J and I went on a bit of a pea binge recently, with the little green gems prominently featured in two of three dishes that we consumed over the course of several meals last week. (We didn’t set out to celebrate peas quite so fervently, but sometimes our meal planning can be a bit haphazard.)
I learned from an episode of Fresh Air awhile back that the chefs at America’s Test Kitchen and Cook’s Illustrated generally do as we do at our house, i.e., use frozen peas:
[Bridget] Lancaster says if you’re making pea soup, don’t bother with the fresh stuff — they’re a pain to peel, and they might not be in season.
“[Frozen peas] are actually picked at the most fresh point,” she says. “And somebody else has done all the work [of peeling] for you. And they’re great, especially if you’re using them as an ingredient in a stew. The key is to add them almost as an herb right at the end, and to let them sit in the soup or a risotto for just five minutes to warm them up.”
Other people—specifically, some French folk—are apparently not only willing to peel the pod from the pea, but actually peel the tiny little peas themselves! Elaine Sciolino’s recent “Letter from Paris” in The New York Times details her exploration of Provençal peas:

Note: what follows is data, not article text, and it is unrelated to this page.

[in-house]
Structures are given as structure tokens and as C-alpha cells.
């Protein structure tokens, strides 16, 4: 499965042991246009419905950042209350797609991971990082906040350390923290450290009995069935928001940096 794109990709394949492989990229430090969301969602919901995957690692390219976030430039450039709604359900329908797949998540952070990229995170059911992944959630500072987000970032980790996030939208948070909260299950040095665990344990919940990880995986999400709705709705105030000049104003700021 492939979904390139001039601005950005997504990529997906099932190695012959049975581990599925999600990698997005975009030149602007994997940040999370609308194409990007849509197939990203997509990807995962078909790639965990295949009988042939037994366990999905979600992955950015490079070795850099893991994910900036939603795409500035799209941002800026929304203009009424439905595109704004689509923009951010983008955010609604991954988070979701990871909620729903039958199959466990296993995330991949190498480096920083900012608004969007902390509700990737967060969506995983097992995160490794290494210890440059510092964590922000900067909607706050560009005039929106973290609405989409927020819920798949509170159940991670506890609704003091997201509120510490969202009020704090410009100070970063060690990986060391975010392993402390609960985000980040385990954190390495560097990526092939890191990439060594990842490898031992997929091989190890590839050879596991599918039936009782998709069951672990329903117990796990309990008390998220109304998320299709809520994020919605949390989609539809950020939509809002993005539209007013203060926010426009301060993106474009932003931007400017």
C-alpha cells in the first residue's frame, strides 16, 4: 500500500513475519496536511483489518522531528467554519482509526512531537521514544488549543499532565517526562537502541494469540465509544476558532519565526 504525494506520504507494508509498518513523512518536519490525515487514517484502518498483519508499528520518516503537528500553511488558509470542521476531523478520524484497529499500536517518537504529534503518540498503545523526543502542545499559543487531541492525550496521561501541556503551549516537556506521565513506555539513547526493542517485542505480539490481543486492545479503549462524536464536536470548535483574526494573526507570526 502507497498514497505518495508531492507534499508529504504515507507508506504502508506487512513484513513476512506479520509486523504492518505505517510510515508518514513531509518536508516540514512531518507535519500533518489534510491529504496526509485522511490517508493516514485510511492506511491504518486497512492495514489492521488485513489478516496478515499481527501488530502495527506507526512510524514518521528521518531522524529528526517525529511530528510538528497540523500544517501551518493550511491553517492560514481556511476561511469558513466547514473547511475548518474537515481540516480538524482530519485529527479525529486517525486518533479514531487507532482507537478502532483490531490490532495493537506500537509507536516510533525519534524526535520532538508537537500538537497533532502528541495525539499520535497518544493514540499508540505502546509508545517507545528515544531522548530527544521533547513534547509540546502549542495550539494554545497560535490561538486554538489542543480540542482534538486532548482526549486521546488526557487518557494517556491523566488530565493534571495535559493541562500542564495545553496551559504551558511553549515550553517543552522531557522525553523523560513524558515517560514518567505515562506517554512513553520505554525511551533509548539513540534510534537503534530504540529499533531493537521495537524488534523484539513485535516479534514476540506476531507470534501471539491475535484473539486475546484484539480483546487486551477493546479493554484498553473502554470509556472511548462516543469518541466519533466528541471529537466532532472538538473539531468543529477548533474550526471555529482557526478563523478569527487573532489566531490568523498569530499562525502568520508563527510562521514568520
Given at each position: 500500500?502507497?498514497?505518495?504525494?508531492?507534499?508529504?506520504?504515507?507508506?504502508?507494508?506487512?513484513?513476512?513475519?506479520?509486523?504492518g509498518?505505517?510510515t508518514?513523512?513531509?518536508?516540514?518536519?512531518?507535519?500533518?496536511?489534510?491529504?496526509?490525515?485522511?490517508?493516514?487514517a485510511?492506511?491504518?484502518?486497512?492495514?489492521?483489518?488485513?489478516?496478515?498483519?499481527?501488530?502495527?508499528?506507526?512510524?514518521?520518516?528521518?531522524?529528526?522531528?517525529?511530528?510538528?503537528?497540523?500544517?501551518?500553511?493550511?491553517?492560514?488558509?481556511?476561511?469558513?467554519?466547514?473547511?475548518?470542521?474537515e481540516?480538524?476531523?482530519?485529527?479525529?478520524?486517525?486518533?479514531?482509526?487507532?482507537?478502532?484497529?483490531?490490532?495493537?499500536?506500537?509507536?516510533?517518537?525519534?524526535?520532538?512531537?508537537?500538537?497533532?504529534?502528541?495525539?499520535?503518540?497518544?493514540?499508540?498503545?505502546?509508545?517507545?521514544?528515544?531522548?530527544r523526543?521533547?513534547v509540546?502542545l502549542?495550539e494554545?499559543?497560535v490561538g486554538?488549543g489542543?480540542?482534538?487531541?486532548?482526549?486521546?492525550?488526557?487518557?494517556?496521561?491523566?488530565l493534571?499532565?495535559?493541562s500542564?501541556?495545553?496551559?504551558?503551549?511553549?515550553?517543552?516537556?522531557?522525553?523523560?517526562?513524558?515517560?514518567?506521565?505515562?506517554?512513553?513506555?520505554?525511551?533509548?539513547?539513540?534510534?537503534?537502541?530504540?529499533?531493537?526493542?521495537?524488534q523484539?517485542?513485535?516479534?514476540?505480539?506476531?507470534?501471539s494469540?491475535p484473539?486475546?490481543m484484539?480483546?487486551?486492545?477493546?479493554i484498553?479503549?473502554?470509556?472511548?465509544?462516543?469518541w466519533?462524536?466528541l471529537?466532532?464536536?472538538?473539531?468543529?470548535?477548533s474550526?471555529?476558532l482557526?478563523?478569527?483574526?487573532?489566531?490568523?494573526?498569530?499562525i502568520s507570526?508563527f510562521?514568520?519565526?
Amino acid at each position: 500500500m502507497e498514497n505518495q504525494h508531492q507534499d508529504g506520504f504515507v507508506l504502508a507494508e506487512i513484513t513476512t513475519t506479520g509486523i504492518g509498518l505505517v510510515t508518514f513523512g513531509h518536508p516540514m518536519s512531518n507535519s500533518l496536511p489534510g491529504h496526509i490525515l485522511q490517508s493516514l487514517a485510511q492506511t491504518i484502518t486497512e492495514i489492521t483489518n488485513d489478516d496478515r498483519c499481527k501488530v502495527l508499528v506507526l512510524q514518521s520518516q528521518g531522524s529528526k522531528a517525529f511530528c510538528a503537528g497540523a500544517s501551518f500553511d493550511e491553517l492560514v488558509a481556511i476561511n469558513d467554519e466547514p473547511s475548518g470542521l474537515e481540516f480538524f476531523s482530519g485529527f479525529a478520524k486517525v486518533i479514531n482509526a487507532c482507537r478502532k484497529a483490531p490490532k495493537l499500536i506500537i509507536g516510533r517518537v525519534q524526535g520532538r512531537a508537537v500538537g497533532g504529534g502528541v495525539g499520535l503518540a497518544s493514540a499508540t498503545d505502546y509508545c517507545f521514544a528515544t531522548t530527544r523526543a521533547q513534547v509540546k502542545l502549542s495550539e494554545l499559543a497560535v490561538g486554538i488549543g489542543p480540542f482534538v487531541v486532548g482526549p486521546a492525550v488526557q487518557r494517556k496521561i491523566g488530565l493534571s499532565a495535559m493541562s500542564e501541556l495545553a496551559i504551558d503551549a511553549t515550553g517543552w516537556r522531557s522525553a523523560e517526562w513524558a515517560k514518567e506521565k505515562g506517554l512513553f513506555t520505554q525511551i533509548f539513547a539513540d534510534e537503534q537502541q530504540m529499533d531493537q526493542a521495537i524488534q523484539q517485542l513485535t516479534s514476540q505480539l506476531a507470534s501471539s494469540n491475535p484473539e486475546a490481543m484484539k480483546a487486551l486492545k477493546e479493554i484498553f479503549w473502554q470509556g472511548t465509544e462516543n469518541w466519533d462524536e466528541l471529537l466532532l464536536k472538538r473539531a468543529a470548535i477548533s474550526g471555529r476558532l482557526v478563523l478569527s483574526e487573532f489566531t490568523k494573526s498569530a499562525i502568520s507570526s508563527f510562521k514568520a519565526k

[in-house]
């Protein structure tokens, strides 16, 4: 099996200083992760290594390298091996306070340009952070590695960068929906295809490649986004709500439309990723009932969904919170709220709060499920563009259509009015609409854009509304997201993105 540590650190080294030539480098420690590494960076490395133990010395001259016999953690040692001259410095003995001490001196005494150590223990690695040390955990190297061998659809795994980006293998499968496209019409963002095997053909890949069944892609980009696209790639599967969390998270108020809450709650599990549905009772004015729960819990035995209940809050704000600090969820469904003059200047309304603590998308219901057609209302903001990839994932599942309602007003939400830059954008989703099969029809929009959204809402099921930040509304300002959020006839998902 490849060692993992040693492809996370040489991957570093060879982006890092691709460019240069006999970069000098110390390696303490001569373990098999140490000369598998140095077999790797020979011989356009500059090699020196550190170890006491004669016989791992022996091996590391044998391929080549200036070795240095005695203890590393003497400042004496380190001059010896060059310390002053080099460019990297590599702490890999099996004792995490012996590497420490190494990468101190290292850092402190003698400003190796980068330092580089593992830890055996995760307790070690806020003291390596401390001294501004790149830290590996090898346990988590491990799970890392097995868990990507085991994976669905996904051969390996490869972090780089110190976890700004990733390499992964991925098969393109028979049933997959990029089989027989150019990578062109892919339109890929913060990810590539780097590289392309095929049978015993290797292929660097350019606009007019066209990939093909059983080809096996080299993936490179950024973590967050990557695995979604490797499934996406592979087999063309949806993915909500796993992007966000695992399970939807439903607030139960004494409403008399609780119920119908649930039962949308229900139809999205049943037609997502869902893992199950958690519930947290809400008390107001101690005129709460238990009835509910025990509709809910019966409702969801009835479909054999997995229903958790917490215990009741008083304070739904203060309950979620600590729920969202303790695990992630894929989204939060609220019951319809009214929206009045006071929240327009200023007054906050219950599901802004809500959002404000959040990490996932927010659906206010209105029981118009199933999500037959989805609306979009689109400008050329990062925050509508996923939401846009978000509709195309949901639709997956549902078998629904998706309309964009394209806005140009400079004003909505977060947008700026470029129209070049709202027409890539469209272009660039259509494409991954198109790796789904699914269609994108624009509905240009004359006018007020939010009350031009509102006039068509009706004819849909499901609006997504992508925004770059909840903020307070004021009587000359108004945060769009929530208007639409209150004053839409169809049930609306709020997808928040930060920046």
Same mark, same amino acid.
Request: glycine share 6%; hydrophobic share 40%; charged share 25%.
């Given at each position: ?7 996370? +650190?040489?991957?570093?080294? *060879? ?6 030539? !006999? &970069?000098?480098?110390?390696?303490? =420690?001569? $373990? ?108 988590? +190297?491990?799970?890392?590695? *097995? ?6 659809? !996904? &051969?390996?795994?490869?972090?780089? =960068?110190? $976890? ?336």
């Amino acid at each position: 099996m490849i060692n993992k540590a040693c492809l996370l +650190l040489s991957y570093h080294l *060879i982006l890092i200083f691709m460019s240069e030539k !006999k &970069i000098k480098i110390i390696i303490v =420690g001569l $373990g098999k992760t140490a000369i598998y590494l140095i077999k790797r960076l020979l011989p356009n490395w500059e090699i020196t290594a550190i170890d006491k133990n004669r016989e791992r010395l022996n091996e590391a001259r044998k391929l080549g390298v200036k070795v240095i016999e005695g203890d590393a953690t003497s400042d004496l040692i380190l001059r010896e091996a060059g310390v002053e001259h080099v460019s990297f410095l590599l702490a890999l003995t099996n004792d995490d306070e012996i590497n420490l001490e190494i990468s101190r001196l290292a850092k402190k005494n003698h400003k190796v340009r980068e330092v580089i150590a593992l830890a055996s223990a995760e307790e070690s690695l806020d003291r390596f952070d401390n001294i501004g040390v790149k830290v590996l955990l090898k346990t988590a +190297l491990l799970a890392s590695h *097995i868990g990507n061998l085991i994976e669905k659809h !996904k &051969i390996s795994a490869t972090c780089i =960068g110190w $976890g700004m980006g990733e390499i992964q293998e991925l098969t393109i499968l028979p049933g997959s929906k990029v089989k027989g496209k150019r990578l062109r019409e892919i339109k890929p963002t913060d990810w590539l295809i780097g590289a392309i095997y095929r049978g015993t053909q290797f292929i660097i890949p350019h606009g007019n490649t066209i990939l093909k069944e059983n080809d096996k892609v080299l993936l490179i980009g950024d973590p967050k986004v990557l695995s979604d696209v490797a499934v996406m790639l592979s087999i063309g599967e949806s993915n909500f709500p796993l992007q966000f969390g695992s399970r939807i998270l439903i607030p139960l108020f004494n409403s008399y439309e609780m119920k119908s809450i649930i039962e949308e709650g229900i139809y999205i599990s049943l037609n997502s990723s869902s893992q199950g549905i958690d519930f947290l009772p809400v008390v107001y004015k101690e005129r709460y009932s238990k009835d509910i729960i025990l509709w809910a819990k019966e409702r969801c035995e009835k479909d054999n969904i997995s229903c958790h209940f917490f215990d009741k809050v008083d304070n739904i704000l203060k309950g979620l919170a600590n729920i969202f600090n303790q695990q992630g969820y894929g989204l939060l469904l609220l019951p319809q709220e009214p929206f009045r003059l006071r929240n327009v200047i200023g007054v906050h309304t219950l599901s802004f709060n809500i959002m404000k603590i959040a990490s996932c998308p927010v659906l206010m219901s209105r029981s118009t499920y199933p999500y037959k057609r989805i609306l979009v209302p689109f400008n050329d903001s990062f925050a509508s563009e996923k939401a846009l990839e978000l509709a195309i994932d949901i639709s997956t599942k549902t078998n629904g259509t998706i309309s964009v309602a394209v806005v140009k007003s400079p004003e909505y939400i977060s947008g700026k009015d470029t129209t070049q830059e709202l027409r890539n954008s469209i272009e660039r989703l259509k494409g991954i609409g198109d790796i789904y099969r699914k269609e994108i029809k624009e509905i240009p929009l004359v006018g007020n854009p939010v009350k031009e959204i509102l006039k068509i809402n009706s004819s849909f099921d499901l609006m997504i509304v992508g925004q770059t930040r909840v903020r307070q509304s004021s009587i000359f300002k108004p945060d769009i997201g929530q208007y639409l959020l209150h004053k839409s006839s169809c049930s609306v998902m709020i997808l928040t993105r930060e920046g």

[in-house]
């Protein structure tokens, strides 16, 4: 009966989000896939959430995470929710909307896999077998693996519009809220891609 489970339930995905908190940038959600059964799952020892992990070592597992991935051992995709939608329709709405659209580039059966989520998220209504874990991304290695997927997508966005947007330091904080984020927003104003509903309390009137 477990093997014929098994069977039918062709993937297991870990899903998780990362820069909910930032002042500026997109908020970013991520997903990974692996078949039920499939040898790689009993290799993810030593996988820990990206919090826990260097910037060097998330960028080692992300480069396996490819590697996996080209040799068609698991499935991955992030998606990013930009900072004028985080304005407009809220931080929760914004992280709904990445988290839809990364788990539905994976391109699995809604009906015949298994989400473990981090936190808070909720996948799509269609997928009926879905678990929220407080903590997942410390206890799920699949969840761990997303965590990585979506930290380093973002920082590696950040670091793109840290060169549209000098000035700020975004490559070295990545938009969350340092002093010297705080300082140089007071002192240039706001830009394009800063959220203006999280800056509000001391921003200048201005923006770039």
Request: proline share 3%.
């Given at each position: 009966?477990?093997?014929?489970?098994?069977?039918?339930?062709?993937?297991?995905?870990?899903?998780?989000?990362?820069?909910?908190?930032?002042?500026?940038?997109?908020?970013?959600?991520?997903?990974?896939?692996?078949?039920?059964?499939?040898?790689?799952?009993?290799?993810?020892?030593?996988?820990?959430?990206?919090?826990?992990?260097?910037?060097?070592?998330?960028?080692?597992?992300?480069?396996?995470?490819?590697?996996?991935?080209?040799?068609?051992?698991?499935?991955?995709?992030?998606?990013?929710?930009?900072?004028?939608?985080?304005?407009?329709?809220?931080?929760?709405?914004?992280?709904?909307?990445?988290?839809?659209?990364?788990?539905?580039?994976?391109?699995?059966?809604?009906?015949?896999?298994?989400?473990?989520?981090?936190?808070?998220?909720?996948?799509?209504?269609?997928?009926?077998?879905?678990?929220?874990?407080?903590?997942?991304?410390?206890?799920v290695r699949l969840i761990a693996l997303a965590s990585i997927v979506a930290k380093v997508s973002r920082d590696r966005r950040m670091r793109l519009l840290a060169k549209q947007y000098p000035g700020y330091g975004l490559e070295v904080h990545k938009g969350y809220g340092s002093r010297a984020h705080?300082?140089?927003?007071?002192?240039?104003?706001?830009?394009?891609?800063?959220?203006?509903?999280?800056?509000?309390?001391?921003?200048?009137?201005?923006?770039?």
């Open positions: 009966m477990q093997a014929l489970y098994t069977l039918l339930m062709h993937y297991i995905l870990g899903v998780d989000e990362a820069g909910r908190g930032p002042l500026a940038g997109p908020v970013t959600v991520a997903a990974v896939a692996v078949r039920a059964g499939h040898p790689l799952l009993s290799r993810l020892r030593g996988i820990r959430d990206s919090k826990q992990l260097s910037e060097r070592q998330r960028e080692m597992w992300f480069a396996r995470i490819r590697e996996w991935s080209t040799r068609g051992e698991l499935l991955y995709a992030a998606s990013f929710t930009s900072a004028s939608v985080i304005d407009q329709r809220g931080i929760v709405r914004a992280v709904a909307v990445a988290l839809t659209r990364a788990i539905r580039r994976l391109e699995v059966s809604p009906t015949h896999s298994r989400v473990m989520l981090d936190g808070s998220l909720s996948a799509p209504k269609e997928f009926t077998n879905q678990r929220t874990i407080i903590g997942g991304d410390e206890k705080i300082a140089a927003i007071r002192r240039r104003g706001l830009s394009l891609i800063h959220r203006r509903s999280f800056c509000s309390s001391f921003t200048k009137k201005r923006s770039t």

In France, January signals the arrival of endives, cardoons (artichoke thistles) and root vegetables like rutabaga, beets and topinambours (Jerusalem artichokes). March and April bring spring: petits pois [peas], asparagus and Gariguettes, the small, shiny, old-fashioned first strawberry of the year. The best tomatoes come in June, July and August.
In the L’Oustau garden, long rows of pea vines heavy with pods awaited picking. In the kitchen, the chef Sylvestre Wahid set a shallow, oblong, pea-filled wicker basket on a table and offered a tutorial.
I learned that the smaller the pea, the sweeter and more tender they are; that fat, stuffed pods can mean that the peas have become tough and mealy and past their prime; that one way to test the freshness of peas is to press down on a pod and gently move around the peas inside. (Fresh peas will squeak when they are rubbed together.)
[The chefs at L’Oustau de Baumanière] showed me how you can skin a pea. Never in my life did I think about skinning a pea, but it is a very sensual experience. You take a pea that has been plunged into boiling water then plunged into ice water, it comes out, and you take the pea between your thumb and your index finger, and you roll it around slowly and the skin pops out and the pea splits in half. You have this beautiful, skinless, naked pea. It’s not something that you want to do if you have guests coming in a half-hour, but if you are watching “Mad Men” or something, it’s the perfect time to sit there with a bowl and skin peas.